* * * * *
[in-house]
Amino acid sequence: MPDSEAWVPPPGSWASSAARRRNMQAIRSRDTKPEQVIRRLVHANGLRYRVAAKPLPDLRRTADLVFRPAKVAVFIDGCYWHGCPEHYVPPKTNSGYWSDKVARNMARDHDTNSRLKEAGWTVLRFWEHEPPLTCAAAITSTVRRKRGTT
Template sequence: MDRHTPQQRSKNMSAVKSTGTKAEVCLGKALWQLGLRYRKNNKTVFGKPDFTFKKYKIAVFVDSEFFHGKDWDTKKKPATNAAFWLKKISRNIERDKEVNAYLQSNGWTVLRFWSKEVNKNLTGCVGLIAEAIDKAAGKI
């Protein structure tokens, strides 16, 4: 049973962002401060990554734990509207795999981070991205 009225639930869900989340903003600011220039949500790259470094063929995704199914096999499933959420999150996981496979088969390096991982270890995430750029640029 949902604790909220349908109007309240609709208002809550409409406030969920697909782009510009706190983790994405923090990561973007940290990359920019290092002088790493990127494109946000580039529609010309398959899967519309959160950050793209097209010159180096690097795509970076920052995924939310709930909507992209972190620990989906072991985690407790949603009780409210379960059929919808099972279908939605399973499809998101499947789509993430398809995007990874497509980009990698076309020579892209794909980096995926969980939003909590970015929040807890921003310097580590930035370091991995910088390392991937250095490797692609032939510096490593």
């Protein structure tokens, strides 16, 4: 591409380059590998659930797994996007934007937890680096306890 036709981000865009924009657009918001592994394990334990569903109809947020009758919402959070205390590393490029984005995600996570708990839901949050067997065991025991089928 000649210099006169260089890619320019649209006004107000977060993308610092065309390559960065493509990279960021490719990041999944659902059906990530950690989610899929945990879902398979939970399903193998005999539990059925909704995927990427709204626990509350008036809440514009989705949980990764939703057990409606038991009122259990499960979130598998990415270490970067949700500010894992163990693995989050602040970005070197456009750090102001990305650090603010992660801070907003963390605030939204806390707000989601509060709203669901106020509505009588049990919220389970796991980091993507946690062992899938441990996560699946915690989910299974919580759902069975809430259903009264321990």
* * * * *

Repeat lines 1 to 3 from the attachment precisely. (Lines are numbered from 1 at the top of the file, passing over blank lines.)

[in-house]
Amino acid sequence: MPDSEAWVPPPGSWASSAARRRNMQAIRSRDTKPEQVIRRLVHANGLRYRVAAKPLPDLRRTADLVFRPAKVAVFIDGCYWHGCPEHYVPPKTNSGYWSDKVARNMARDHDTNSRLKEAGWTVLRFWEHEPPLTCAAAITSTVRRKRGTT
Template sequence: MDRHTPQQRSKNMSAVKSTGTKAEVCLGKALWQLGLRYRKNNKTVFGKPDFTFKKYKIAVFVDSEFFHGKDWDTKKKPATNAAFWLKKISRNIERDKEVNAYLQSNGWTVLRFWSKEVNKNLTGCVGLIAEAIDKAAGKI